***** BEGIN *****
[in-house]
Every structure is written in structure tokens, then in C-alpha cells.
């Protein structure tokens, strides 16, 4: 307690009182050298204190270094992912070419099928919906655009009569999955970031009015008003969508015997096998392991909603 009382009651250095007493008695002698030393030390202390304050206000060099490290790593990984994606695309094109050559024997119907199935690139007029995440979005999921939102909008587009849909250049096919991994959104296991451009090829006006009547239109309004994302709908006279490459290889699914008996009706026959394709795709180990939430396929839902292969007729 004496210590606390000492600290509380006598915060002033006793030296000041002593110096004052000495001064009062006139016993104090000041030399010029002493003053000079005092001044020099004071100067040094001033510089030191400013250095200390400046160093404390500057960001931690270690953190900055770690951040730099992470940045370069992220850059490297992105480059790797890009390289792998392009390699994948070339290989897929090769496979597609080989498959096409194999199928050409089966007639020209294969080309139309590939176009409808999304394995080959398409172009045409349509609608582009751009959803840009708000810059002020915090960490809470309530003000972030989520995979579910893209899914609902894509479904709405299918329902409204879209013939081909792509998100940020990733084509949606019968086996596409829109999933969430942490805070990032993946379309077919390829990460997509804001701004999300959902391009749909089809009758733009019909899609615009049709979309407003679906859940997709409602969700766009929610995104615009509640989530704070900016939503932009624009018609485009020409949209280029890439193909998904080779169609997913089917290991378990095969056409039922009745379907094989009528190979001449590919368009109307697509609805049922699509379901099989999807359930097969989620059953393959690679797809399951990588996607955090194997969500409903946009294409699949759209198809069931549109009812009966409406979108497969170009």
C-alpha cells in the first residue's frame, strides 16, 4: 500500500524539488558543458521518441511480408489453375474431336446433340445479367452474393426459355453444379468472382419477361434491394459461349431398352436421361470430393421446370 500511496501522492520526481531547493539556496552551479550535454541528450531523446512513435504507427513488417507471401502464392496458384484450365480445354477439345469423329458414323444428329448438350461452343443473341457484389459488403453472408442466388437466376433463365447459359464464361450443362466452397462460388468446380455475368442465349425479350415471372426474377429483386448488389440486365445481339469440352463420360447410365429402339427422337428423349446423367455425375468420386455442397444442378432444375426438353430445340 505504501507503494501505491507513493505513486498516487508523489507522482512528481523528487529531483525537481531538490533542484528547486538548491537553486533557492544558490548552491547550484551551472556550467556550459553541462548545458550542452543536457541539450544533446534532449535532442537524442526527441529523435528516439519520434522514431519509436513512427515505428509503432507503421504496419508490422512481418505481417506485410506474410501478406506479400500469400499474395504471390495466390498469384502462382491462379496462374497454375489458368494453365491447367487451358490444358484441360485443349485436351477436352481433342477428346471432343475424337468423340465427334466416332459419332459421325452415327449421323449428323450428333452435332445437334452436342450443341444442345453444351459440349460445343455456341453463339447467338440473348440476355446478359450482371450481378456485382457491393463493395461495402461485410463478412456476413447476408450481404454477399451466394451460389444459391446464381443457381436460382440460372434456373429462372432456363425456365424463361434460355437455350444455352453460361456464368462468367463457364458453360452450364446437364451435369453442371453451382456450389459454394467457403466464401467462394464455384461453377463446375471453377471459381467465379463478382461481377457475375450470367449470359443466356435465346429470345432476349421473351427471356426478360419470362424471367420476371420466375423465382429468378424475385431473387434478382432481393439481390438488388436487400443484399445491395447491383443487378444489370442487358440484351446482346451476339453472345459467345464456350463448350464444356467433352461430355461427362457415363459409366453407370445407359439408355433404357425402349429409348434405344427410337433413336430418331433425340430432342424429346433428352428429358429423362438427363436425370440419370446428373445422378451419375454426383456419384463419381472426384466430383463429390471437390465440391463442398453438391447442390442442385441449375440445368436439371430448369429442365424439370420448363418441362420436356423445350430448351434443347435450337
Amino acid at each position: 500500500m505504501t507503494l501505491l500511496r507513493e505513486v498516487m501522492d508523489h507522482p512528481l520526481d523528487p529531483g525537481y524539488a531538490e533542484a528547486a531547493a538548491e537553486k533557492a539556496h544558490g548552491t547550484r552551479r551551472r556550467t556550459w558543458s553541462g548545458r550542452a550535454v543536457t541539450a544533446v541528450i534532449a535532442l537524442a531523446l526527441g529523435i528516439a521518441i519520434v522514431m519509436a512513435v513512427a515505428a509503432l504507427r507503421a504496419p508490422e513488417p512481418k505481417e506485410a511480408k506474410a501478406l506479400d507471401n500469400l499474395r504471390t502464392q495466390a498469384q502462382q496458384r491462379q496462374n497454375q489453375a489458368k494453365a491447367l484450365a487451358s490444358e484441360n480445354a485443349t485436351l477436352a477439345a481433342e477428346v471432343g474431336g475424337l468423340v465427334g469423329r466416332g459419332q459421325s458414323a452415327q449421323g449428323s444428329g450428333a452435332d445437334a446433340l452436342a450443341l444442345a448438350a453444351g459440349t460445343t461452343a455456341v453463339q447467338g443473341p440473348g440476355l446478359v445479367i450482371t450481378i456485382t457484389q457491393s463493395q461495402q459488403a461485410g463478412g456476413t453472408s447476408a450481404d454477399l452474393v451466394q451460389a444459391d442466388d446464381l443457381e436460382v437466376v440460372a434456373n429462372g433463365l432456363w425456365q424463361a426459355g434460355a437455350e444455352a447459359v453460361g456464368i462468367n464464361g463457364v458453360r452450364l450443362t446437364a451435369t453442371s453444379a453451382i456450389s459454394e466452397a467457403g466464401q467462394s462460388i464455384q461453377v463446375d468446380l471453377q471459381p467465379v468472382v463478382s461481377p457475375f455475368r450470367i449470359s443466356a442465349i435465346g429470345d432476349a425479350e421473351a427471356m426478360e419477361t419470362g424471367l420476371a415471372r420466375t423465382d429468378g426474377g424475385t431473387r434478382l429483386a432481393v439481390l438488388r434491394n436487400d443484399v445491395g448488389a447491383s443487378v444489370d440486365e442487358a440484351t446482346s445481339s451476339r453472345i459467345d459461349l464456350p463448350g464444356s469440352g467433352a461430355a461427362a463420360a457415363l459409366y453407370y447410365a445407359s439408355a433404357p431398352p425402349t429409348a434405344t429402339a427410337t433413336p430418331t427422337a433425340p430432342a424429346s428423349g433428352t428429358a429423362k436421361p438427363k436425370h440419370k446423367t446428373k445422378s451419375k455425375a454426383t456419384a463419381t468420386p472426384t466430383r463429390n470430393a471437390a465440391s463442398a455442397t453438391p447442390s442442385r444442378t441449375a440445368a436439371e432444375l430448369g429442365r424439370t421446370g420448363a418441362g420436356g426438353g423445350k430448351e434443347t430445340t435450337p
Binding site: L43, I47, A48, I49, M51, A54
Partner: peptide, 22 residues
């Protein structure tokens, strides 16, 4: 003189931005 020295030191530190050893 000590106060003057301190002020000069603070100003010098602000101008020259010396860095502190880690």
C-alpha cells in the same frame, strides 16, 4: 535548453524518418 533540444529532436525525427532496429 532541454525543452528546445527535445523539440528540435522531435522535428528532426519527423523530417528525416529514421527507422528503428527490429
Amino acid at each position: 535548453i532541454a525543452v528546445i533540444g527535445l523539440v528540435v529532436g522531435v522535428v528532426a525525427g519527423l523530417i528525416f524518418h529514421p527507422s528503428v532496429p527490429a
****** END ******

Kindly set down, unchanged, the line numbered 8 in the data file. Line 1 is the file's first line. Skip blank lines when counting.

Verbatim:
């Protein structure tokens, strides 16, 4: 003189931005 020295030191530190050893 000590106060003057301190002020000069603070100003010098602000101008020259010396860095502190880690």